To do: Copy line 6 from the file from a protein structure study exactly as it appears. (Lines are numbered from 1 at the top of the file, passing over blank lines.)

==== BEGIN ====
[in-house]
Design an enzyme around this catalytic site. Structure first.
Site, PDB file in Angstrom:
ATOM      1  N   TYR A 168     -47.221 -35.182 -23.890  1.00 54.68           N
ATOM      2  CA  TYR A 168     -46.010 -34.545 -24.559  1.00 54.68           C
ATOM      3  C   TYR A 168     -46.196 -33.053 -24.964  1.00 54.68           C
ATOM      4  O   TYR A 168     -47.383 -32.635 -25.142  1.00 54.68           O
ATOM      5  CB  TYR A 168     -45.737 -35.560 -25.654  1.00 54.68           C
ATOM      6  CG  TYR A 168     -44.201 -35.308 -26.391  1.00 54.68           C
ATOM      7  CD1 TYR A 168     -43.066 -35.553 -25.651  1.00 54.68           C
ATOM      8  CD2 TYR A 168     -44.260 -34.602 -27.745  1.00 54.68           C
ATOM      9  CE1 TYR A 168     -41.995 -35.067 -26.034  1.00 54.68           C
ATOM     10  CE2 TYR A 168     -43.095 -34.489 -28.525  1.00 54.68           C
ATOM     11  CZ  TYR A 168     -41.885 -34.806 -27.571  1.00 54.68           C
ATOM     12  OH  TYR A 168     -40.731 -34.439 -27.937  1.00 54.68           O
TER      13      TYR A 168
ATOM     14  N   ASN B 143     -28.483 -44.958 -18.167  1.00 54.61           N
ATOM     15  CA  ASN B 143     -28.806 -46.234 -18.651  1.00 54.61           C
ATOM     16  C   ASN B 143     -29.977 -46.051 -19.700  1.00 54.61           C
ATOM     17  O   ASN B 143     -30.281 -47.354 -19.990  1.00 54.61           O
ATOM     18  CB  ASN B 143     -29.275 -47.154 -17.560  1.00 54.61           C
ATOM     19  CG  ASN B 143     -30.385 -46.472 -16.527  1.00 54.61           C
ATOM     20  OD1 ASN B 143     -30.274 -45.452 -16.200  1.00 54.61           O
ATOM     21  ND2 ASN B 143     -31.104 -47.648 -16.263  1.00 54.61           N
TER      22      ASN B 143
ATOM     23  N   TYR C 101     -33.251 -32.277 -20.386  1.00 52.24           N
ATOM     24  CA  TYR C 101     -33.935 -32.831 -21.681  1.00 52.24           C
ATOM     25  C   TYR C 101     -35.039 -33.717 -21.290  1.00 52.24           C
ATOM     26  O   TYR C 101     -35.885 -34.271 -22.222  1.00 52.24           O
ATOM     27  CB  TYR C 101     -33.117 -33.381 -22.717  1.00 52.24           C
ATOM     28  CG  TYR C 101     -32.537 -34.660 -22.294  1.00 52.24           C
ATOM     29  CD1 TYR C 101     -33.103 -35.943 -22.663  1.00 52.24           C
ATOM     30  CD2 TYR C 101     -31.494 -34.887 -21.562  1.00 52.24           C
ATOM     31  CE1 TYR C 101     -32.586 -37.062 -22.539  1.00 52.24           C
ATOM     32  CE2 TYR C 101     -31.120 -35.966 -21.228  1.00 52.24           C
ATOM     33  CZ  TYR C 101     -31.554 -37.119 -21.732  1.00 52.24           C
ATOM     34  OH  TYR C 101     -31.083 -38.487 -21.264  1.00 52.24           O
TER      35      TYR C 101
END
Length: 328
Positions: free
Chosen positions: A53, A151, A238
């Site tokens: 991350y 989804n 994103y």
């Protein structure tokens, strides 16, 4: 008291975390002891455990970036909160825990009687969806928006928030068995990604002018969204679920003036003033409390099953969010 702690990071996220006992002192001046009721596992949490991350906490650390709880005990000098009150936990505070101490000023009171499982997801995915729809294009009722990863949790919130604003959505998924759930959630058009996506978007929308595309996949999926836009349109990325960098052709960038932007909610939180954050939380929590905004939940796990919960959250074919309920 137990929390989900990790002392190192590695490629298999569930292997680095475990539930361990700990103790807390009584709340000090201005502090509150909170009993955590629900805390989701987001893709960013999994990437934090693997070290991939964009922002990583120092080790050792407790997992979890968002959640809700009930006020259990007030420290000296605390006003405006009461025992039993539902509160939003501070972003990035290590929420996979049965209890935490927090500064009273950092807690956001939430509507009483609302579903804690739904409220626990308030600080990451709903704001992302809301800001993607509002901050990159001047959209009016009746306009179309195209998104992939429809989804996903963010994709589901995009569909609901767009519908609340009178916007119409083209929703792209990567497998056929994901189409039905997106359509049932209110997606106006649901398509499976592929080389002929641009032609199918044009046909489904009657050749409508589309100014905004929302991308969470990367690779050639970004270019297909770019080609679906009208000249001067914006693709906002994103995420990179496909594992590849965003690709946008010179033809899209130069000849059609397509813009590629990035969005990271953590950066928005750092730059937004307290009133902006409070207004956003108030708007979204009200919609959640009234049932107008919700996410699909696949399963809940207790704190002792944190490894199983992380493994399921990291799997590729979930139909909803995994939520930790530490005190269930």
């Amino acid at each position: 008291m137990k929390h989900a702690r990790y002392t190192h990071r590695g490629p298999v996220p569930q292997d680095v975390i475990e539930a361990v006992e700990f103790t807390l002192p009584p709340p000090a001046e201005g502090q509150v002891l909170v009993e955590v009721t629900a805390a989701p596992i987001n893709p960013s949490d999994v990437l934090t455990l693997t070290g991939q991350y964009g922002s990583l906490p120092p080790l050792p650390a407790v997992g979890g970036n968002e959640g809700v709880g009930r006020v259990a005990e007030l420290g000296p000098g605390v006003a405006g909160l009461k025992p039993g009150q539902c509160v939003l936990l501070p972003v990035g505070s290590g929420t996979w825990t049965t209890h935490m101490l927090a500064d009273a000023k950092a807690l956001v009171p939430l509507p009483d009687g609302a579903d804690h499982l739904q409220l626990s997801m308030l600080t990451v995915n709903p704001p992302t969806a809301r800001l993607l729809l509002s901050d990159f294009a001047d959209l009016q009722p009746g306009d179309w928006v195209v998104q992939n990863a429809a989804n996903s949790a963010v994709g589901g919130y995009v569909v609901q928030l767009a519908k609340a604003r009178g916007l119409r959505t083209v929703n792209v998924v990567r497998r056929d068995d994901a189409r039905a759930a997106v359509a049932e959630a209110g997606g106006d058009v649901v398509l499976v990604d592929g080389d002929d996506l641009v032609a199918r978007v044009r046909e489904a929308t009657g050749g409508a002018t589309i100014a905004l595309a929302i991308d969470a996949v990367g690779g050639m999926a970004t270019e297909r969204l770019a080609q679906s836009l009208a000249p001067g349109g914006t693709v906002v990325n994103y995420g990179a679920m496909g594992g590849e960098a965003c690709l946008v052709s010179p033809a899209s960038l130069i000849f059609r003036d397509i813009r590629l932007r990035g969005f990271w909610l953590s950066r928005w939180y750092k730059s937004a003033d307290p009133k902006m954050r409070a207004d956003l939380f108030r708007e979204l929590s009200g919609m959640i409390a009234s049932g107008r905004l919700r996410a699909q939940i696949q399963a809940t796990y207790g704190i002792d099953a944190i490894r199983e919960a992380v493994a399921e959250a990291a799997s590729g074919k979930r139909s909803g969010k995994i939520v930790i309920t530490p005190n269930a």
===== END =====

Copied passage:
ATOM      3  C   TYR A 168     -46.196 -33.053 -24.964  1.00 54.68           C